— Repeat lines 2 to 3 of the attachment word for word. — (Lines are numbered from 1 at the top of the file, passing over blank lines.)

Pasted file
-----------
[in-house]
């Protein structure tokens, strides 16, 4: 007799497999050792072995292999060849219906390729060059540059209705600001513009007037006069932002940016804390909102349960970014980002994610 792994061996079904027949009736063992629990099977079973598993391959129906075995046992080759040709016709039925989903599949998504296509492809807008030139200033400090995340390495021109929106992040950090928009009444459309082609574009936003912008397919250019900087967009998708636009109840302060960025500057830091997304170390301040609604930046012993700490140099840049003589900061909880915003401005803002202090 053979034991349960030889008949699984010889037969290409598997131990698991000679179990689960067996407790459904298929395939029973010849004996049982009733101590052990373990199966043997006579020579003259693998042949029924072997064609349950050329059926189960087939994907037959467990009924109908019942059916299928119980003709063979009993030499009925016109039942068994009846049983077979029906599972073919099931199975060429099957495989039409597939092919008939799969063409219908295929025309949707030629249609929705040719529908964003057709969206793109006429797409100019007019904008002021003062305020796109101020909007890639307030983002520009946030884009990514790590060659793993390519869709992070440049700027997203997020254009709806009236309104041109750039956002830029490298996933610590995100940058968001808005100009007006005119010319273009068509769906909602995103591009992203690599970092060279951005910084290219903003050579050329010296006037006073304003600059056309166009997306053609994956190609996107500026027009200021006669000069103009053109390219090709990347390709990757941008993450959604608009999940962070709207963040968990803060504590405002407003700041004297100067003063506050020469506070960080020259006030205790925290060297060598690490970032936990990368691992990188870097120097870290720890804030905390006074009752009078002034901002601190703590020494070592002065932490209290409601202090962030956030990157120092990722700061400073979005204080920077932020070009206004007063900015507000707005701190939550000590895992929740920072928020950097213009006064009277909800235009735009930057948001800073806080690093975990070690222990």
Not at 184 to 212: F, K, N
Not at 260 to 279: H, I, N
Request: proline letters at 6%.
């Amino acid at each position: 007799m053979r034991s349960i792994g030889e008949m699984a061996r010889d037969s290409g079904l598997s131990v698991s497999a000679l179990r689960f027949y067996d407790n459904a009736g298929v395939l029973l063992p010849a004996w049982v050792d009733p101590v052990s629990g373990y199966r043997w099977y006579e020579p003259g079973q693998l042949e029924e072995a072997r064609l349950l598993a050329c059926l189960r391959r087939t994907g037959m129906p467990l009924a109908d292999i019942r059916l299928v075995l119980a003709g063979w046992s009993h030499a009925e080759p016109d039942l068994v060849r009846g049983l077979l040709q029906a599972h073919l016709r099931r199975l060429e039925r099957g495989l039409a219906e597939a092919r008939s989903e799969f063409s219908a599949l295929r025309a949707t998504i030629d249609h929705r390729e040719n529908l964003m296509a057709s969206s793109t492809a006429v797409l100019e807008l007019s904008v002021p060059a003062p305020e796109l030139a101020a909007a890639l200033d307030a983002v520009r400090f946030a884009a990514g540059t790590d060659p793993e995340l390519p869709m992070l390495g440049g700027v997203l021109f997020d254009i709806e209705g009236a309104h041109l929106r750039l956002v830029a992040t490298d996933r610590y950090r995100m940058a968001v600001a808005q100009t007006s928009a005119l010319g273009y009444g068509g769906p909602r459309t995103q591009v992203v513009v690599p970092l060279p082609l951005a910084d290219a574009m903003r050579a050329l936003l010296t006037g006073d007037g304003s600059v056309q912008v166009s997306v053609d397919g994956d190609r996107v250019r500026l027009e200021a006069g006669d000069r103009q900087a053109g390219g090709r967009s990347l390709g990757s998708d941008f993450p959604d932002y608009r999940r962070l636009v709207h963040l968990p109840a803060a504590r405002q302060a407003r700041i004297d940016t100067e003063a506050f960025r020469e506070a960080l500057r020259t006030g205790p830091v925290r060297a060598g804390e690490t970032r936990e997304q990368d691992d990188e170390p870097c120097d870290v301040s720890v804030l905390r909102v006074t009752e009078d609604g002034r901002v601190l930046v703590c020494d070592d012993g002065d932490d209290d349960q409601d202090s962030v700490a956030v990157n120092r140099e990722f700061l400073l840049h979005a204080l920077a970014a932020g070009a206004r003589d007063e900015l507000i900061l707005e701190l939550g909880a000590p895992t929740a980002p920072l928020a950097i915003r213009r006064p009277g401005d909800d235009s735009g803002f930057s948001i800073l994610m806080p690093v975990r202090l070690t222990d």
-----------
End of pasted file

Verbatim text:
């Protein structure tokens, strides 16, 4: 007799497999050792072995292999060849219906390729060059540059209705600001513009007037006069932002940016804390909102349960970014980002994610 792994061996079904027949009736063992629990099977079973598993391959129906075995046992080759040709016709039925989903599949998504296509492809807008030139200033400090995340390495021109929106992040950090928009009444459309082609574009936003912008397919250019900087967009998708636009109840302060960025500057830091997304170390301040609604930046012993700490140099840049003589900061909880915003401005803002202090 053979034991349960030889008949699984010889037969290409598997131990698991000679179990689960067996407790459904298929395939029973010849004996049982009733101590052990373990199966043997006579020579003259693998042949029924072997064609349950050329059926189960087939994907037959467990009924109908019942059916299928119980003709063979009993030499009925016109039942068994009846049983077979029906599972073919099931199975060429099957495989039409597939092919008939799969063409219908295929025309949707030629249609929705040719529908964003057709969206793109006429797409100019007019904008002021003062305020796109101020909007890639307030983002520009946030884009990514790590060659793993390519869709992070440049700027997203997020254009709806009236309104041109750039956002830029490298996933610590995100940058968001808005100009007006005119010319273009068509769906909602995103591009992203690599970092060279951005910084290219903003050579050329010296006037006073304003600059056309166009997306053609994956190609996107500026027009200021006669000069103009053109390219090709990347390709990757941008993450959604608009999940962070709207963040968990803060504590405002407003700041004297100067003063506050020469506070960080020259006030205790925290060297060598690490970032936990990368691992990188870097120097870290720890804030905390006074009752009078002034901002601190703590020494070592002065932490209290409601202090962030956030990157120092990722700061400073979005204080920077932020070009206004007063900015507000707005701190939550000590895992929740920072928020950097213009006064009277909800235009735009930057948001800073806080690093975990070690222990």
Not at 184 to 212: F, K, N